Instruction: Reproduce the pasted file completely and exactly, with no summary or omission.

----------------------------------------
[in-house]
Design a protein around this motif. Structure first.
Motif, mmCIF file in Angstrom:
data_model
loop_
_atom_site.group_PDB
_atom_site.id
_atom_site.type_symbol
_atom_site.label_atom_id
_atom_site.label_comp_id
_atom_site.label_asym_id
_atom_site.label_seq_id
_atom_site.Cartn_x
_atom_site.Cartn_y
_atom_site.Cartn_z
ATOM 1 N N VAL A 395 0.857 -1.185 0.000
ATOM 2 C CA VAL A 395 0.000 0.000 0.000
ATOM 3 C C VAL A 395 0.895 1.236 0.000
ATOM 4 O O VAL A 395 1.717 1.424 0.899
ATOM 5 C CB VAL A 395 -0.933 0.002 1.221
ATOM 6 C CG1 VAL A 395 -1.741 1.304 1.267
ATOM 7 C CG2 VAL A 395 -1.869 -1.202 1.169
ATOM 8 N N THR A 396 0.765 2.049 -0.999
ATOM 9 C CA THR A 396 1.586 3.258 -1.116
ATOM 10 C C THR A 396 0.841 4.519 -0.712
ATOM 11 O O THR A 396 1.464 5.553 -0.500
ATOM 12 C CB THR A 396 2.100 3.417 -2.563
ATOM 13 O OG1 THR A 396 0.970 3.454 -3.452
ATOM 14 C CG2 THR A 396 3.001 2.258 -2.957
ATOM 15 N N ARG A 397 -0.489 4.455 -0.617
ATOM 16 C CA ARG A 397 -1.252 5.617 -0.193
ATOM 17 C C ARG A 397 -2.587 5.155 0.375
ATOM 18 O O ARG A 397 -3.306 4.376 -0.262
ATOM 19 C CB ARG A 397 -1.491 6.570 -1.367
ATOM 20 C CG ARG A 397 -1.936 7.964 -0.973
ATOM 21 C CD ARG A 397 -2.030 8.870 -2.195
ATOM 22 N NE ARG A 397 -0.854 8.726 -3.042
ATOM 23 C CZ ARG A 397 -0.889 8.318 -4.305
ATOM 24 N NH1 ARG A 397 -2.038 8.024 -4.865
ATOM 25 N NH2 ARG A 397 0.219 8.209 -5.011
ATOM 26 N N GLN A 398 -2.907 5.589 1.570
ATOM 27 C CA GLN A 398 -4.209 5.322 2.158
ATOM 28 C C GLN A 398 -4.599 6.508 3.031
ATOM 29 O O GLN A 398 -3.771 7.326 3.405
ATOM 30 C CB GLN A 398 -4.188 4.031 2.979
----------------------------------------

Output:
[in-house]
Design a protein around this motif. Structure first.
Motif, mmCIF file in Angstrom:
data_model
loop_
_atom_site.group_PDB
_atom_site.id
_atom_site.type_symbol
_atom_site.label_atom_id
_atom_site.label_comp_id
_atom_site.label_asym_id
_atom_site.label_seq_id
_atom_site.Cartn_x
_atom_site.Cartn_y
_atom_site.Cartn_z
ATOM 1 N N VAL A 395 0.857 -1.185 0.000
ATOM 2 C CA VAL A 395 0.000 0.000 0.000
ATOM 3 C C VAL A 395 0.895 1.236 0.000
ATOM 4 O O VAL A 395 1.717 1.424 0.899
ATOM 5 C CB VAL A 395 -0.933 0.002 1.221
ATOM 6 C CG1 VAL A 395 -1.741 1.304 1.267
ATOM 7 C CG2 VAL A 395 -1.869 -1.202 1.169
ATOM 8 N N THR A 396 0.765 2.049 -0.999
ATOM 9 C CA THR A 396 1.586 3.258 -1.116
ATOM 10 C C THR A 396 0.841 4.519 -0.712
ATOM 11 O O THR A 396 1.464 5.553 -0.500
ATOM 12 C CB THR A 396 2.100 3.417 -2.563
ATOM 13 O OG1 THR A 396 0.970 3.454 -3.452
ATOM 14 C CG2 THR A 396 3.001 2.258 -2.957
ATOM 15 N N ARG A 397 -0.489 4.455 -0.617
ATOM 16 C CA ARG A 397 -1.252 5.617 -0.193
ATOM 17 C C ARG A 397 -2.587 5.155 0.375
ATOM 18 O O ARG A 397 -3.306 4.376 -0.262
ATOM 19 C CB ARG A 397 -1.491 6.570 -1.367
ATOM 20 C CG ARG A 397 -1.936 7.964 -0.973
ATOM 21 C CD ARG A 397 -2.030 8.870 -2.195
ATOM 22 N NE ARG A 397 -0.854 8.726 -3.042
ATOM 23 C CZ ARG A 397 -0.889 8.318 -4.305
ATOM 24 N NH1 ARG A 397 -2.038 8.024 -4.865
ATOM 25 N NH2 ARG A 397 0.219 8.209 -5.011
ATOM 26 N N GLN A 398 -2.907 5.589 1.570
ATOM 27 C CA GLN A 398 -4.209 5.322 2.158
ATOM 28 C C GLN A 398 -4.599 6.508 3.031
ATOM 29 O O GLN A 398 -3.771 7.326 3.405
ATOM 30 C CB GLN A 398 -4.188 4.031 2.979